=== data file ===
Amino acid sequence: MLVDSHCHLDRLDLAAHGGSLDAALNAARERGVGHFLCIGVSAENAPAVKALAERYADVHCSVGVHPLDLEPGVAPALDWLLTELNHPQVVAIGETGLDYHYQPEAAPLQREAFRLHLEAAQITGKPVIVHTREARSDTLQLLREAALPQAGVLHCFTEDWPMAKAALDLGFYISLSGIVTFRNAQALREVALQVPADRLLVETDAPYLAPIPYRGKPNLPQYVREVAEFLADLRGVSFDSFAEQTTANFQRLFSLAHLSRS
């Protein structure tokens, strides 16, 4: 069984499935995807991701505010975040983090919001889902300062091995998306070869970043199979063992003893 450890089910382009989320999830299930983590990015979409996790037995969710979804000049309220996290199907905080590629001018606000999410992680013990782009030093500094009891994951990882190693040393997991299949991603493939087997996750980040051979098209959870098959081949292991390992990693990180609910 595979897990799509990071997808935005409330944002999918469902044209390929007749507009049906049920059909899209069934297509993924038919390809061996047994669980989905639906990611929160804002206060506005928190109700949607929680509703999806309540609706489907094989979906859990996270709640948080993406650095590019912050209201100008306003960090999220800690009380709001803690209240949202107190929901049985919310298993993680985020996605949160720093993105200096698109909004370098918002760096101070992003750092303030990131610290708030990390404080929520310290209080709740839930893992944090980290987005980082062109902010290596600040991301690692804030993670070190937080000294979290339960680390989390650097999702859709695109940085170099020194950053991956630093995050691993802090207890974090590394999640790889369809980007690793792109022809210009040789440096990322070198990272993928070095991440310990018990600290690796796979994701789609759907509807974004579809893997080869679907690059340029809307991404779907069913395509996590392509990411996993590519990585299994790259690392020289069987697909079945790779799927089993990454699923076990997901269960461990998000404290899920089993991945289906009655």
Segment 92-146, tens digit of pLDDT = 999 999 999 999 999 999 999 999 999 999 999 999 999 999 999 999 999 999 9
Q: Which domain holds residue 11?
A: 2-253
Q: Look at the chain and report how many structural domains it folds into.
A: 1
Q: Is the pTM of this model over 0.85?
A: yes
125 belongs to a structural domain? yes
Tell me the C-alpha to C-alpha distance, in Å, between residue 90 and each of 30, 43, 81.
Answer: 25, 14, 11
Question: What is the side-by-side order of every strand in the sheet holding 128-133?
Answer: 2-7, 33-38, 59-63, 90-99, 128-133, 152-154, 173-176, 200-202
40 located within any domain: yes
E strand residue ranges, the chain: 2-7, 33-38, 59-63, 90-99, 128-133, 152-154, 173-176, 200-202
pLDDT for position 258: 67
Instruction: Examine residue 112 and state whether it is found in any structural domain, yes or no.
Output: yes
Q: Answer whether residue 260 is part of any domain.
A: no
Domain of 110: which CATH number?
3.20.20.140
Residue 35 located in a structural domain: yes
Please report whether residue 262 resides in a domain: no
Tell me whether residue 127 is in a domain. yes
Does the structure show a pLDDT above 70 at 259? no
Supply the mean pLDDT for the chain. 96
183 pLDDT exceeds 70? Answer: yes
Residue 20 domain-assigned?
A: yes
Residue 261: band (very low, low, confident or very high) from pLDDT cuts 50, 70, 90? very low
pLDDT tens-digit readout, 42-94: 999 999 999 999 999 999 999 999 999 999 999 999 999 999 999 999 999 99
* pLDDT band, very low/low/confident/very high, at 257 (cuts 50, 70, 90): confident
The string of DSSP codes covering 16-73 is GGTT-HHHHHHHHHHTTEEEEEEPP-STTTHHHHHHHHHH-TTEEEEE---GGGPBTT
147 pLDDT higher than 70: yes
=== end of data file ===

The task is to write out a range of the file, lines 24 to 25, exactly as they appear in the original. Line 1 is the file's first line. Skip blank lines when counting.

Residue 35 located in a structural domain: yes
Please report whether residue 262 resides in a domain: no